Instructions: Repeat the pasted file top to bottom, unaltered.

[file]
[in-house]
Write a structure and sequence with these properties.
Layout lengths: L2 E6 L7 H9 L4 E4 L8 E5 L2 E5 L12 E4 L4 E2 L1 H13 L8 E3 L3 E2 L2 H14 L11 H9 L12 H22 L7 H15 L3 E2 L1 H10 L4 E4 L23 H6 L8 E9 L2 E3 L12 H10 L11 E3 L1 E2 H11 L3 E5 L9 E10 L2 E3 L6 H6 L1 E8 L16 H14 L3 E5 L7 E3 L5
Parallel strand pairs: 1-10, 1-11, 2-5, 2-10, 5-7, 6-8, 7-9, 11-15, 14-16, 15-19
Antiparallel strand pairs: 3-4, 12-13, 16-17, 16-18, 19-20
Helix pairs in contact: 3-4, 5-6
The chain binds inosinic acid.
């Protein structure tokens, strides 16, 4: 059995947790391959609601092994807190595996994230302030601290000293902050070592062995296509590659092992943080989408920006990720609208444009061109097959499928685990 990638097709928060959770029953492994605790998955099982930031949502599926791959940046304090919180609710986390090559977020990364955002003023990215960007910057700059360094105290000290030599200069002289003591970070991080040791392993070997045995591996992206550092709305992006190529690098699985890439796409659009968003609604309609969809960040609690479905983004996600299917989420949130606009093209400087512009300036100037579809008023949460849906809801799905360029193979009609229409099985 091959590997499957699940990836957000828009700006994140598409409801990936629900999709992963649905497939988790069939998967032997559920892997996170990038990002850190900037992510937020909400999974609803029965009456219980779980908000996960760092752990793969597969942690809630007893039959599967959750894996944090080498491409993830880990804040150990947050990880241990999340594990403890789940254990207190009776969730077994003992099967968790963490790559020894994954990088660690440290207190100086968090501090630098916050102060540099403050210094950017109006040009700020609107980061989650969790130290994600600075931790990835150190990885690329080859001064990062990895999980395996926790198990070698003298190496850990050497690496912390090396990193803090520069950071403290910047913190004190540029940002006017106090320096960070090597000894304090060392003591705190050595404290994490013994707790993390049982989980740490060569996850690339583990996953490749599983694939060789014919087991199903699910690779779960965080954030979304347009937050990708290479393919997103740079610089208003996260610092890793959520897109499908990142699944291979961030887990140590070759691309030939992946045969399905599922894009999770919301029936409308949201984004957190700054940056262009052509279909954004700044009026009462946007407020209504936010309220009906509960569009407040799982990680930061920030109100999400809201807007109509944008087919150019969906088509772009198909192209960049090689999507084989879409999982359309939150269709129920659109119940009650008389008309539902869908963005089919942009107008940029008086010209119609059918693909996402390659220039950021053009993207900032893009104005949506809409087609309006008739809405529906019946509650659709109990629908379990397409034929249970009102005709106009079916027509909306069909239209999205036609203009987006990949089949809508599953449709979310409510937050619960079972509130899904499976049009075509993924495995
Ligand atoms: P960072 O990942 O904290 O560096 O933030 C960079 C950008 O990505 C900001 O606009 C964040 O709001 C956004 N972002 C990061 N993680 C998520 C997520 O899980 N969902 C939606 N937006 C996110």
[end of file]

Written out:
[in-house]
Write a structure and sequence with these properties.
Layout lengths: L2 E6 L7 H9 L4 E4 L8 E5 L2 E5 L12 E4 L4 E2 L1 H13 L8 E3 L3 E2 L2 H14 L11 H9 L12 H22 L7 H15 L3 E2 L1 H10 L4 E4 L23 H6 L8 E9 L2 E3 L12 H10 L11 E3 L1 E2 H11 L3 E5 L9 E10 L2 E3 L6 H6 L1 E8 L16 H14 L3 E5 L7 E3 L5
Parallel strand pairs: 1-10, 1-11, 2-5, 2-10, 5-7, 6-8, 7-9, 11-15, 14-16, 15-19
Antiparallel strand pairs: 3-4, 12-13, 16-17, 16-18, 19-20
Helix pairs in contact: 3-4, 5-6
The chain binds inosinic acid.
């Protein structure tokens, strides 16, 4: 059995947790391959609601092994807190595996994230302030601290000293902050070592062995296509590659092992943080989408920006990720609208444009061109097959499928685990 990638097709928060959770029953492994605790998955099982930031949502599926791959940046304090919180609710986390090559977020990364955002003023990215960007910057700059360094105290000290030599200069002289003591970070991080040791392993070997045995591996992206550092709305992006190529690098699985890439796409659009968003609604309609969809960040609690479905983004996600299917989420949130606009093209400087512009300036100037579809008023949460849906809801799905360029193979009609229409099985 091959590997499957699940990836957000828009700006994140598409409801990936629900999709992963649905497939988790069939998967032997559920892997996170990038990002850190900037992510937020909400999974609803029965009456219980779980908000996960760092752990793969597969942690809630007893039959599967959750894996944090080498491409993830880990804040150990947050990880241990999340594990403890789940254990207190009776969730077994003992099967968790963490790559020894994954990088660690440290207190100086968090501090630098916050102060540099403050210094950017109006040009700020609107980061989650969790130290994600600075931790990835150190990885690329080859001064990062990895999980395996926790198990070698003298190496850990050497690496912390090396990193803090520069950071403290910047913190004190540029940002006017106090320096960070090597000894304090060392003591705190050595404290994490013994707790993390049982989980740490060569996850690339583990996953490749599983694939060789014919087991199903699910690779779960965080954030979304347009937050990708290479393919997103740079610089208003996260610092890793959520897109499908990142699944291979961030887990140590070759691309030939992946045969399905599922894009999770919301029936409308949201984004957190700054940056262009052509279909954004700044009026009462946007407020209504936010309220009906509960569009407040799982990680930061920030109100999400809201807007109509944008087919150019969906088509772009198909192209960049090689999507084989879409999982359309939150269709129920659109119940009650008389008309539902869908963005089919942009107008940029008086010209119609059918693909996402390659220039950021053009993207900032893009104005949506809409087609309006008739809405529906019946509650659709109990629908379990397409034929249970009102005709106009079916027509909306069909239209999205036609203009987006990949089949809508599953449709979310409510937050619960079972509130899904499976049009075509993924495995
Ligand atoms: P960072 O990942 O904290 O560096 O933030 C960079 C950008 O990505 C900001 O606009 C964040 O709001 C956004 N972002 C990061 N993680 C998520 C997520 O899980 N969902 C939606 N937006 C996110």